Your amniotic fluid is low

Low amniotic fluid is called oligohydramnios. This is when your amniotic fluid index (AFI) is less than or equal to 5 cm, or if the largest vertical pocket is measuring less than or equal to 2 cm. Some people find that rest, hydration, and a bath where your abdomen is submerged can increase the amniotic fluid. 

Needing an induction is not a “failure” on your part. When used with care, inductions should help ensure your and baby’s safety.

Your water broke before contractions started

If your water breaks and you are considered full-term (between 37 weeks and 41 weeks), you might need a medical induction of labor. The water breaking is called prelabour rupture of membranes; you might see it abbreviated as PROM. The longer your water is broken, the greater the risk of infection for you or the fetus. This risk is lower with no cervical exams. Some providers may recommend inducing labor immediately if your water breaks before contractions. Other providers may recommend waiting to see if labor starts within a specific timeframe, generally 12 to 24 hours.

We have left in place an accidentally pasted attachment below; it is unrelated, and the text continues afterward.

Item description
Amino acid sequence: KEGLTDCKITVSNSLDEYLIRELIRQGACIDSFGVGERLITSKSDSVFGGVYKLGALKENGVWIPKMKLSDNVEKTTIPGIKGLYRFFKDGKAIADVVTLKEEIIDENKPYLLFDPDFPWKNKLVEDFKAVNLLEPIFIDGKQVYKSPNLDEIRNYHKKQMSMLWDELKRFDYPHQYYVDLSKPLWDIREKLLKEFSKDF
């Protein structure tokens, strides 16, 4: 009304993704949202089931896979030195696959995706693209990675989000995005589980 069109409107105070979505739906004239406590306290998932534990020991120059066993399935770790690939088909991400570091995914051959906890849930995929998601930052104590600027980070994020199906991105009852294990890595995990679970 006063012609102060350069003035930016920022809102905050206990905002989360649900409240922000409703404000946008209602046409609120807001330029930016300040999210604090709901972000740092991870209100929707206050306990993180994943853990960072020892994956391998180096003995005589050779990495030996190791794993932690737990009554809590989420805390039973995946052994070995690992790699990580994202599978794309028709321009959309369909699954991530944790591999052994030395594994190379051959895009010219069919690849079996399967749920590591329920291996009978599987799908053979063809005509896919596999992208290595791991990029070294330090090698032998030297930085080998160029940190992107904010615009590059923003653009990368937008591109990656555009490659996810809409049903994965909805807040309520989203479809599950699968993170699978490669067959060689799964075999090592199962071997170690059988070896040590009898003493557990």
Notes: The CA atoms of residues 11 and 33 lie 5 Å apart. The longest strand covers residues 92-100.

For your information

Cervical exams can increase the risk of infection when the water breaks. If your water breaks before contractions start, you can ask your provider not to do a cervical exam. 


You are at least 40 years old

The risk of stillbirth for people who are 40 years old and older increases after 39 weeks of pregnancy. Your provider may recommend labor induction between 39 to 40 weeks of pregnancy to reduce this risk 

You have cholestasis of pregnancy

Cholestasis of pregnancy is a condition caused by your gallbladder that makes you itchy and can increase the risk of sudden fetal death. Depending on the severity, your provider may recommend labor induction between 37 to 39 weeks of pregnancy.